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Former Prosecutor Discusses Trump's Decision To Commute Roger Stone's Sentence
Saturday, July 11, 2020
Scott Simon talks to former federal prosecutor Peter Zeidenberg about President Trump commutating the sentence of longtime friend and political operative Roger Stone.
SCOTT SIMON, HOST:
The commutation of Roger Stone's sentence may not have surprised much of anybody, but it has caused consternation in the legal community. Peter Zeidenberg is a former federal prosecutor, one of the prosecutors who prosecuted Scooter Libby in 2007. Libby, of course, was Vice President Cheney's chief of staff and was convicted of lying to investigators and obstruction of justice. President Trump pardoned him in 2018. Mr. Zeidenberg joins us now. Thanks so much for being with us.
PETER ZEIDENBERG: Good morning.
SIMON: You had the experience, sir, of winning the conviction of Scooter Libby. His sentence was later commuted by President George W. Bush. Is this commutation different?
ZEIDENBERG: I think it's significantly different, the difference being as Amy Berman Jackson said, who was the judge in the Roger Stone case, that Roger Stone was prosecuted for covering up for President Trump. He was protecting him. And that was what his lies to Congress were all about. That wasn't the case with Scooter Libby. You know, what he - his conduct was not meant to protect President Bush. And therefore, when President Bush acted to commute his sentence, it wasn't a benefit to President Bush. In other words, it didn't have this reek of corruption, where - which the Stone commutation does, in my opinion, because President Trump is doing this to reward someone who stayed quiet for him. It's - it really stinks.
SIMON: And how do you read a commutation versus a pardon, which a lot of people speculated would happen?
ZEIDENBERG: Well, in the Libby case, I mean - as a prosecutor in that case, I thought it was an improvement over a pardon because it was just a question of the actual punishment. But in this case, what's frightening about it and what's so alarming is there is a direct reward to a - someone who has information about the president which would be incriminating, and he's not having to pay a price for it. And that sends a message to others who may be investigated - who may be talked to by investigators, who want to get to the bottom of things. And they're being essentially told, if you stay quiet, you're not going to have to go to prison. You're not going to have to pay a price for this.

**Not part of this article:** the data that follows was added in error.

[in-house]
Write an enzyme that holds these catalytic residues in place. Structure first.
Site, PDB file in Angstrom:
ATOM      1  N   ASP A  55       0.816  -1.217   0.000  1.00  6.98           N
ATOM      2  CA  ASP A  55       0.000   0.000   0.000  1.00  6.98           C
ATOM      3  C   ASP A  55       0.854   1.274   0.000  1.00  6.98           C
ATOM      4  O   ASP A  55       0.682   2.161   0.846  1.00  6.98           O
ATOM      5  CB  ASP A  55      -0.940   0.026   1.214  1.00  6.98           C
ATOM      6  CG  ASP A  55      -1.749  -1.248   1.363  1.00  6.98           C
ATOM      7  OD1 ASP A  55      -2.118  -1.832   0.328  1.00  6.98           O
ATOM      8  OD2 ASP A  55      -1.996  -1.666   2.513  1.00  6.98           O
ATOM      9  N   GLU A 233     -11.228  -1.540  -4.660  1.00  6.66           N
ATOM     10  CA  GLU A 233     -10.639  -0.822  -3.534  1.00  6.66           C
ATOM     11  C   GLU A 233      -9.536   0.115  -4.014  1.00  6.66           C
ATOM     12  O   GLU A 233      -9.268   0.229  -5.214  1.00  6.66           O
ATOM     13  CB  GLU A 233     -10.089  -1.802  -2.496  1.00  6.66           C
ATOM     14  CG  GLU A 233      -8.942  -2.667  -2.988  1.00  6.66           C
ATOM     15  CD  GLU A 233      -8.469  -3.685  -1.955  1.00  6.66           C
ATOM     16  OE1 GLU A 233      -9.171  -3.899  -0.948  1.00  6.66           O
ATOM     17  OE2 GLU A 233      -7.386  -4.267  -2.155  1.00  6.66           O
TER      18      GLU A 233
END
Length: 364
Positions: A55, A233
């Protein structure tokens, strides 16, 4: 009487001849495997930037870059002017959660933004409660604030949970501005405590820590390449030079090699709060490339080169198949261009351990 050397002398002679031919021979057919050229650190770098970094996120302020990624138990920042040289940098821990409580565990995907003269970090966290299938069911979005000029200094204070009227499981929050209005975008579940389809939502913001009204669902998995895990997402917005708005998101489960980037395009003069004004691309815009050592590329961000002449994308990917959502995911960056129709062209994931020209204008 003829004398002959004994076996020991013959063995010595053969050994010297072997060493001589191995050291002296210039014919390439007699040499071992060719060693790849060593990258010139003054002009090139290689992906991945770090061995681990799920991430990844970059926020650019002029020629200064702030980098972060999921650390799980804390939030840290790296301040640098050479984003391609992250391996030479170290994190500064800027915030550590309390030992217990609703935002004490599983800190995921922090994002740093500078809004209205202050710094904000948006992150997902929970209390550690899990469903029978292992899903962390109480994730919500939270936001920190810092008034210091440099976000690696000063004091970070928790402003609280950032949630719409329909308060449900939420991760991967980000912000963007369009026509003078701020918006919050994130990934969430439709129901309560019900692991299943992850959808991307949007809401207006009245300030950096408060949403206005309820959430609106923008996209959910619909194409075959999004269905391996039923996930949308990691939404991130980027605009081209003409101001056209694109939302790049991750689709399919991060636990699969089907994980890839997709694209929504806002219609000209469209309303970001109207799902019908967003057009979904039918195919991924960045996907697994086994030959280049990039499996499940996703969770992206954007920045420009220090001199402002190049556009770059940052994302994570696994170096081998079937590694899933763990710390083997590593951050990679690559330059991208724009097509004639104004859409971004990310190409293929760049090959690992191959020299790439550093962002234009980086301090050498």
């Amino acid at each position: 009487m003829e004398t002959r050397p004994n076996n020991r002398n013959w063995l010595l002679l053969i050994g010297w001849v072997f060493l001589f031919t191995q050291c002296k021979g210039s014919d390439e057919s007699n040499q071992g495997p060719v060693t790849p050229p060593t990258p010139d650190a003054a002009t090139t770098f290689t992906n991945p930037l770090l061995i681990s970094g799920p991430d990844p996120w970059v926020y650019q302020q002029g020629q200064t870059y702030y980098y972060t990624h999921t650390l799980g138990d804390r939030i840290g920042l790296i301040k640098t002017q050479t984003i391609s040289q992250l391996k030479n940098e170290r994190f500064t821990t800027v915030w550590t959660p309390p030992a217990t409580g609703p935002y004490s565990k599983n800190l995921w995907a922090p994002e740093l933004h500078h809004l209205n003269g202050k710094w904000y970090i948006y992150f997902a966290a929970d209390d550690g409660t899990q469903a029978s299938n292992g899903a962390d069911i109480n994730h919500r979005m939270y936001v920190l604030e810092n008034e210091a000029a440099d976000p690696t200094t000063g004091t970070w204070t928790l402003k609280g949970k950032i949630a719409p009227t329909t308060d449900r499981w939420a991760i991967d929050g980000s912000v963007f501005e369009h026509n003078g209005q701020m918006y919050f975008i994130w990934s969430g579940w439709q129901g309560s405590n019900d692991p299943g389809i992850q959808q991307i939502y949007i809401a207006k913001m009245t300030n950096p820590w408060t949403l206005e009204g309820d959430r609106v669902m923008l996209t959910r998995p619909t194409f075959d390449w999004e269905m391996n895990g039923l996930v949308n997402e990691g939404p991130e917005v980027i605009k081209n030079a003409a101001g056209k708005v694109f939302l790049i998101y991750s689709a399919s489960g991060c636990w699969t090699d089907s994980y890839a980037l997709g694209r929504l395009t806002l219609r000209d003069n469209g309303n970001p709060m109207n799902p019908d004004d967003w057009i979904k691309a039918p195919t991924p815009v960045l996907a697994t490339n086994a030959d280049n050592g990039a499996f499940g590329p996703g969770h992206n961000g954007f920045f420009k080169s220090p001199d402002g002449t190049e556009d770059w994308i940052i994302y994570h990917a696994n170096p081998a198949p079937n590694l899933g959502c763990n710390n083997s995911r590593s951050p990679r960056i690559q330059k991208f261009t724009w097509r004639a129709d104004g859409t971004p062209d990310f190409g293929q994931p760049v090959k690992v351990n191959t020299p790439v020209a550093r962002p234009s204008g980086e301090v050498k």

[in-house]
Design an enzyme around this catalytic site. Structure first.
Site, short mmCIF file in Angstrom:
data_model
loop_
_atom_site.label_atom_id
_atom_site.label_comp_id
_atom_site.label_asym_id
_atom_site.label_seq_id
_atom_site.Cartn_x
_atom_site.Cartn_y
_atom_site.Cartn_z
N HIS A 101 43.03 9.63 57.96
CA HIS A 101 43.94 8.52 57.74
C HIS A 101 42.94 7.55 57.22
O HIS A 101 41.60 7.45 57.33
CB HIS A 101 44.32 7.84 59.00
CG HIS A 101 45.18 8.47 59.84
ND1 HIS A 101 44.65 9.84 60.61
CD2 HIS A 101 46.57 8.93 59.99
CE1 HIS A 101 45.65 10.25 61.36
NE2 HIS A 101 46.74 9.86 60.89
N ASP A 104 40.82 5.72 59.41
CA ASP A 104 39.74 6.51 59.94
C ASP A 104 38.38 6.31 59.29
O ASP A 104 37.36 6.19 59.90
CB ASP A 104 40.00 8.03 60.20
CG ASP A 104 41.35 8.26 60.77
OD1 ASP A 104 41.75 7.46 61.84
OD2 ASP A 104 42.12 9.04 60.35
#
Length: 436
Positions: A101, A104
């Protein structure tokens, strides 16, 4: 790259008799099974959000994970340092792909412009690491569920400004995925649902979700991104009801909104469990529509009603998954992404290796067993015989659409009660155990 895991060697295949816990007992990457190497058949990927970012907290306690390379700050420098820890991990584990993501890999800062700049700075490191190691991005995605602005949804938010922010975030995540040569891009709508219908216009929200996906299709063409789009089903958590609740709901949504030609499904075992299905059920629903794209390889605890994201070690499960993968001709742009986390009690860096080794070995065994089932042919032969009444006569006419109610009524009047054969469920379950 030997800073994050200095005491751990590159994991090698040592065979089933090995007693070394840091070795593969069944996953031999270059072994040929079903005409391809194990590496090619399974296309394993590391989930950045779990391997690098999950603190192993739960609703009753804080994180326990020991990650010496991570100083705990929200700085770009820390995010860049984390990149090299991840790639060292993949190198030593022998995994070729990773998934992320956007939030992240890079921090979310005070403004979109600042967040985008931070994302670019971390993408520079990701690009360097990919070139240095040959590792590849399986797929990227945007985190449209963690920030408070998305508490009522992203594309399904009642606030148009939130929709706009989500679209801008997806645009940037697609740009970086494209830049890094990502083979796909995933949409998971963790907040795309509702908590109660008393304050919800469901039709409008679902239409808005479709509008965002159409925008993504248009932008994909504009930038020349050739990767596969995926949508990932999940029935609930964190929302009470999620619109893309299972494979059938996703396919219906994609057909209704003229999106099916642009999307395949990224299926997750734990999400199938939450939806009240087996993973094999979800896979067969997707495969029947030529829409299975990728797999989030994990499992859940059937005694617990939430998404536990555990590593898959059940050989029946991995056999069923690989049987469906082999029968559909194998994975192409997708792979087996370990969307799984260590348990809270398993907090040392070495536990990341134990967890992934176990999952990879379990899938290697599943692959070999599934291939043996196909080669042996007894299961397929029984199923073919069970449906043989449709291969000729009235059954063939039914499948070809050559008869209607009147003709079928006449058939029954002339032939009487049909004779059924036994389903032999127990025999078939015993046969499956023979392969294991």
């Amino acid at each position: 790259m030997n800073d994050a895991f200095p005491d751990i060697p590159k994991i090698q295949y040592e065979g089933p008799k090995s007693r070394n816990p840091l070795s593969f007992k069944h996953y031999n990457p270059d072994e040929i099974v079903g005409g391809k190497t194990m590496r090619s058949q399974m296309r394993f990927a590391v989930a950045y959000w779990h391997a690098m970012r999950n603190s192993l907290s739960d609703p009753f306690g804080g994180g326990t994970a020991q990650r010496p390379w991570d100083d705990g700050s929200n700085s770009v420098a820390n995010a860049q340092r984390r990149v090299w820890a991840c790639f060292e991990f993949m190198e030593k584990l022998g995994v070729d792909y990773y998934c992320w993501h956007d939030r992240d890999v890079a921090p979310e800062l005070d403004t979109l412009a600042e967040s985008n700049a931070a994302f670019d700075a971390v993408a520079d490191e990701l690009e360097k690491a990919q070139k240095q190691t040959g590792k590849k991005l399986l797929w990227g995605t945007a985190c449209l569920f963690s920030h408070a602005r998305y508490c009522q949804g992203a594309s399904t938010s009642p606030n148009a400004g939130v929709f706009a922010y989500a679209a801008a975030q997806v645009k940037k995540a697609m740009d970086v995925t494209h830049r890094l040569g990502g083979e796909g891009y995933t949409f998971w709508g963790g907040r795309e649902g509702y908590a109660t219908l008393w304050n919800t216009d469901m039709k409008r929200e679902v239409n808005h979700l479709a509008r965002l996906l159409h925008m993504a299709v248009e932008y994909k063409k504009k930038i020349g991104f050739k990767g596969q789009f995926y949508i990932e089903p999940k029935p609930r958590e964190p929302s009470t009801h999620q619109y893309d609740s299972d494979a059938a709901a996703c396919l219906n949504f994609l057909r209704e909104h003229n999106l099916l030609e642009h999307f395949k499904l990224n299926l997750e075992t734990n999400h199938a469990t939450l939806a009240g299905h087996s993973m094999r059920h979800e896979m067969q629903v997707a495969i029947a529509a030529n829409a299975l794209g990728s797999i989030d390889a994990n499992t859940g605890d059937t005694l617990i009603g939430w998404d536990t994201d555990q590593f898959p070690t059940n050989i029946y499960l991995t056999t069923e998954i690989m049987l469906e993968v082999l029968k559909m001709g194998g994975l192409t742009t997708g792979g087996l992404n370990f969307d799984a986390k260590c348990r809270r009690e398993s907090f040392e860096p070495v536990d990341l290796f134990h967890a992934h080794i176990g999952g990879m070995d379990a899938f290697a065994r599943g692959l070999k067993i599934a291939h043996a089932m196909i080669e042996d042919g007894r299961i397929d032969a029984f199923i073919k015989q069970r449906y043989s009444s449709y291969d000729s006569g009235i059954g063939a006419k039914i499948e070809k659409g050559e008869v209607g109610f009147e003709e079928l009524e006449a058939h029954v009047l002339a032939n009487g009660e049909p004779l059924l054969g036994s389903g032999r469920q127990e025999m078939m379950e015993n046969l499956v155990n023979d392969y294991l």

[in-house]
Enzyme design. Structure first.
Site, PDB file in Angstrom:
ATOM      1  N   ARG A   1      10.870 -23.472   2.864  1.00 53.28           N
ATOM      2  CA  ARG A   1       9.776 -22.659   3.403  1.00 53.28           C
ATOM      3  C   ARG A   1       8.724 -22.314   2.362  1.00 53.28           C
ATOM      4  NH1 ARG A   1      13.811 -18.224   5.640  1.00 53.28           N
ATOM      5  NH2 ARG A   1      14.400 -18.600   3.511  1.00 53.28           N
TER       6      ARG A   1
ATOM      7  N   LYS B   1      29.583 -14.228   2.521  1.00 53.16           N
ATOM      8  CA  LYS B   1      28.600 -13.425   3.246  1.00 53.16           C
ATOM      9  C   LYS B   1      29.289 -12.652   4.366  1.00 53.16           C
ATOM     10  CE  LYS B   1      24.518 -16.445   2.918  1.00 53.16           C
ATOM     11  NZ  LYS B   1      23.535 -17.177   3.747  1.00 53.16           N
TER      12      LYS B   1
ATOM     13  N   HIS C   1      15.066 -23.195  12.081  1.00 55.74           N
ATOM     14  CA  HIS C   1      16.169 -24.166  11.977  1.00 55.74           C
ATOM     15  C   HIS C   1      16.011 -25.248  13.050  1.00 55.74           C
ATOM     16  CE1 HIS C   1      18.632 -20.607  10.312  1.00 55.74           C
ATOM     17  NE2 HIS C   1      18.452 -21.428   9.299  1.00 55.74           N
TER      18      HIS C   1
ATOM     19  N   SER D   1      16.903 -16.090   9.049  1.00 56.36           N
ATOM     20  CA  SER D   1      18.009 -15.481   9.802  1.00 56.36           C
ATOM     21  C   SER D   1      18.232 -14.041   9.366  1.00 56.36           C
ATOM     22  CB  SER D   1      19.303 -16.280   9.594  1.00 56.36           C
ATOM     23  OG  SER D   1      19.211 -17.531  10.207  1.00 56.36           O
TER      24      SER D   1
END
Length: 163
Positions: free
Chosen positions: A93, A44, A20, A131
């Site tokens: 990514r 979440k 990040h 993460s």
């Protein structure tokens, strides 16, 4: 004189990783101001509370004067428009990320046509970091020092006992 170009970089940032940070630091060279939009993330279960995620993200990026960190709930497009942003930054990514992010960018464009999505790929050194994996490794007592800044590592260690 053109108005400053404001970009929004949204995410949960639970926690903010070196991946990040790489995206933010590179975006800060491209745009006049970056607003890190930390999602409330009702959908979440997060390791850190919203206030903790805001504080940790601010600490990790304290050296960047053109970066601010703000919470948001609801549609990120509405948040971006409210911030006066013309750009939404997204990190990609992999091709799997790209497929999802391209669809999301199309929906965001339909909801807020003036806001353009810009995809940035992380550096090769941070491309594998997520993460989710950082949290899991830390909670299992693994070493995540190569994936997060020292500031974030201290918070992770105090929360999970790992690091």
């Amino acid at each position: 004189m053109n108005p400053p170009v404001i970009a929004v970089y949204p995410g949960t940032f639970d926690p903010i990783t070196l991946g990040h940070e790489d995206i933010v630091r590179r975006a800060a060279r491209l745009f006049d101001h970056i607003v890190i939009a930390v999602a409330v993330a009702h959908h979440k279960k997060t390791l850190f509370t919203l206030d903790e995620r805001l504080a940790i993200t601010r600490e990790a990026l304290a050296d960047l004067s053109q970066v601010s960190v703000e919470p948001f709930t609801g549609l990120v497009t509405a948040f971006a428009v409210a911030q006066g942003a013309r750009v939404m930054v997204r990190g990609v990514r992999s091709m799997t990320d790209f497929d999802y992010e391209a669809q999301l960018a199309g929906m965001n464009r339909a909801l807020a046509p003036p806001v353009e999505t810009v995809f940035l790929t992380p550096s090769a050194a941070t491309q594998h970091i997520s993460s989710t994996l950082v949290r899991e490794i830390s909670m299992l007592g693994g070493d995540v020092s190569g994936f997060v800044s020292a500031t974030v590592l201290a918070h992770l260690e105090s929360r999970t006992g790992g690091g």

SIMON: Could Roger Stone be prosecuted again, particularly with so much information about him now out there and in possession of prosecutors?
ZEIDENBERG: I don't think so - not unless they're new and distinct from the crimes that already went to trial. And he is - in my opinion, he couldn't be touched again.
SIMON: Because of double jeopardy?
SIMON: By the way, I guess it's a leaf blower we're hearing behind you, right?
ZEIDENBERG: (Laughter) That's right.
SIMON: You should have a nice, tidy street by the end of this interview.
The Criminal Division in the Department of Justice been the subject of a lot of news stories over the last four years. You worked there - possibly still have friends and associates there. What's your assessment of how a presidential decision like this affects morale?
ZEIDENBERG: It's incredibly depressing for prosecutors to have something like this happen. You know, it's very telling that the prosecutors on the Stone case and actually on the Michael Flynn case withdrew from those prosecutions. They did not want to sign on the paper once DOJ and Attorney General Barr intervened. And that's telling. And it's incredibly frustrating to have what you consider to be a righteous prosecution interfered with in such an overtly corrupt way. It really undermines everything the Justice Department is supposed to be all about.
SIMON: Peter Zeidenberg, former federal prosecutor, now with the law firm Arent Fox. Thanks so much.
ZEIDENBERG: Thank you. Transcript provided by NPR, Copyright NPR.View this story on npr.org
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